It all started so innocently. Easy Saturday. Nothing planned. No commitments. "Ok girls. Mommy has to post about bread tomorrow so let's get cooking!" They put on their aprons. I changed my shirt...bread is messy business. And we began to measure. Bowls out. Two cups of warm water. "#@!*! We don't have any yeast girls, let's go to the store."
We began again with a renewed spirit...and a new jar of yeast. Reheated the 2 cups of water. Yeast. Sugar. Salt. Oil. Taking turns dumping ingredients into the bowl. So civilized. I am such a good mother. "Let's measure the flour and put it into a bowl for when we need it. Perfect ladies. Take turns dumping it in. Nice work ladies." I am such a good mother. "Let me just turn around here for a second and wipe out this bowl and then we'll mix it all in."
"#@!&*! No girls! Not yet!"
They had a ball playing with the flour. I showed an uncharacteristic amount of patience letting them make a mess. I finished kneading. We cleaned up. Nice. The dough rose nicely in the sunny window. It went into the oven with plenty of time for me to heat the soup for dinner. Perfect timing.
Beep! Beep! "#@*!&! What the #@%& was that BEEP? Why does the oven panel say ERROR? What does that mean?" Beep! Beep! Fast forward several minutes to the Father doing a frantic Google search for error codes and me trying to reprogram the oven repeatedly, to no avail, in an attempt to keep the ovens hot enough to finish french bread that had nearly 20 minutes left to bake.
It did not end as innocently as it began. The new electronics panel that we will need for the oven is going to cost $150. #@*!&! The dog puked flour on the oriental rug. #@*!&! Bread was a bit doughy, but edible. #@*!&! I should have just bought a loaf when I went to the store to get the yeast.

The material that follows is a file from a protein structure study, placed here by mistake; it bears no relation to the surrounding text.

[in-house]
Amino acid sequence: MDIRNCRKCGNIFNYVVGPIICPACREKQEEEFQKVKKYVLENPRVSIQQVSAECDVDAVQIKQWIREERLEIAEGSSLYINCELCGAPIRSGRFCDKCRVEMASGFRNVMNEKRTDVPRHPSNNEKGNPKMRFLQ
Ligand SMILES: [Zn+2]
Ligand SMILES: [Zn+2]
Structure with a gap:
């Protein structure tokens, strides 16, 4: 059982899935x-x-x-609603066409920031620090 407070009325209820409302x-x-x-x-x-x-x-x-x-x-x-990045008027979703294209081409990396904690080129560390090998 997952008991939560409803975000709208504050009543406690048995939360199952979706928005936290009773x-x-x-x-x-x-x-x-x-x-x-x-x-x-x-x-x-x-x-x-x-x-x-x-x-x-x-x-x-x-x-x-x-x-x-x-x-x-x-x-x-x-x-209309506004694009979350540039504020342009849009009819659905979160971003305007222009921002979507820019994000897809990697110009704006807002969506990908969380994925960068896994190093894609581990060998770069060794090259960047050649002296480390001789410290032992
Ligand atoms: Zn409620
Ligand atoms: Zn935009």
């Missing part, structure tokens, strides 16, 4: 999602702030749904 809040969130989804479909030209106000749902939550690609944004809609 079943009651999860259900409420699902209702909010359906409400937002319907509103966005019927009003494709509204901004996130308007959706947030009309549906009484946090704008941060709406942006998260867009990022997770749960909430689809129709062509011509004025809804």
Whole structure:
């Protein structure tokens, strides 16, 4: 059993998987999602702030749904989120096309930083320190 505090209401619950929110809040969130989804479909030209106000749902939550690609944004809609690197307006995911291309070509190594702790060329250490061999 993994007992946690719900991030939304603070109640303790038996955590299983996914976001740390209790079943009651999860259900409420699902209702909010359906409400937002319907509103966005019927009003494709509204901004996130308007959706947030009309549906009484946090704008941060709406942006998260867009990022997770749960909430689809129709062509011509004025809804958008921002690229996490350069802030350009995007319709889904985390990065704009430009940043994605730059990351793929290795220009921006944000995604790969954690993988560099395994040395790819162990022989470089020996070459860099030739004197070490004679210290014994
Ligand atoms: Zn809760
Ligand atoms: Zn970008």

Pardon My French Bread
Simple ingredients, provided you have them on hand, yield 4 french baguettes. Watch your time planning. You'll need 3 hours for these. Eat two and freeze two for another night. Wrap the cooled loaves in plastic. Reheat bare loaves in a 400 degree oven for 10 minutes to restore crispness.
2 cups warm water
5 teaspoons yeast
1 tablespoon sugar
1 teaspoon salt
2 tablespoons olive oil
6 cups of all purpose flour, plus more for kneading
1. In a large bowl, combine the water, yeast and sugar. Let stand for at least 10 minutes, until it's foamy and creamy looking. Add the salt and oil. Stir in 5 cups of the flour. Scrape dough bits from the bowl and turn dough out onto a floured surface. Knead dough for at least 10 minutes adding additional flour by the handful until it stops sticking to you and the counter. This dough is VERY soft and sticky when you begin kneading. It will stiffen up a bit as you knead. Don't stop after just a few minutes though. You'll notice it get very smooth after about 6 minutes or so. Keep adding the flour to your surface or your hands if it starts to stick to you again and work that dough for the full 10 minutes. Spray a large bowl with cooking spray, turn dough to coat all sides with spray, cover with plastic wrap and place in a warm spot to rise for 1 hour.
2. Turn the dough out onto a floured surface and divide into fourths. Stretch and roll each section into a rectangle about 6 x 12 inches. Roll it up as tightly as possible and fold the ends over. Grease two baking sheets and place finished loaves on the sheets placed as far apart as possible. Stretch the loaves as long as your baking sheets will allow, up to 16 inches. Brush the tops with water and make a 1/4 inch slash down the center of each loaf. Allow to rise uncovered in a warm place for another hour.
3. Preheat the oven to 400 degrees. Place a pan of hot water in the bottom of the oven. Use a lasagna pan or any other oven safe container like corningware or pyrex. Do not skip this step. Putting the water in the oven keeps these skinny loaves from turning into crusty cracker sticks. Before placing the loaves in the oven, brush them one more time with water. Bake them for 10 minutes, brush again with water and bake 20 minutes longer or until the loaves look lightly browned on the top. Don't let them get too brown, they'll be hard as rocks.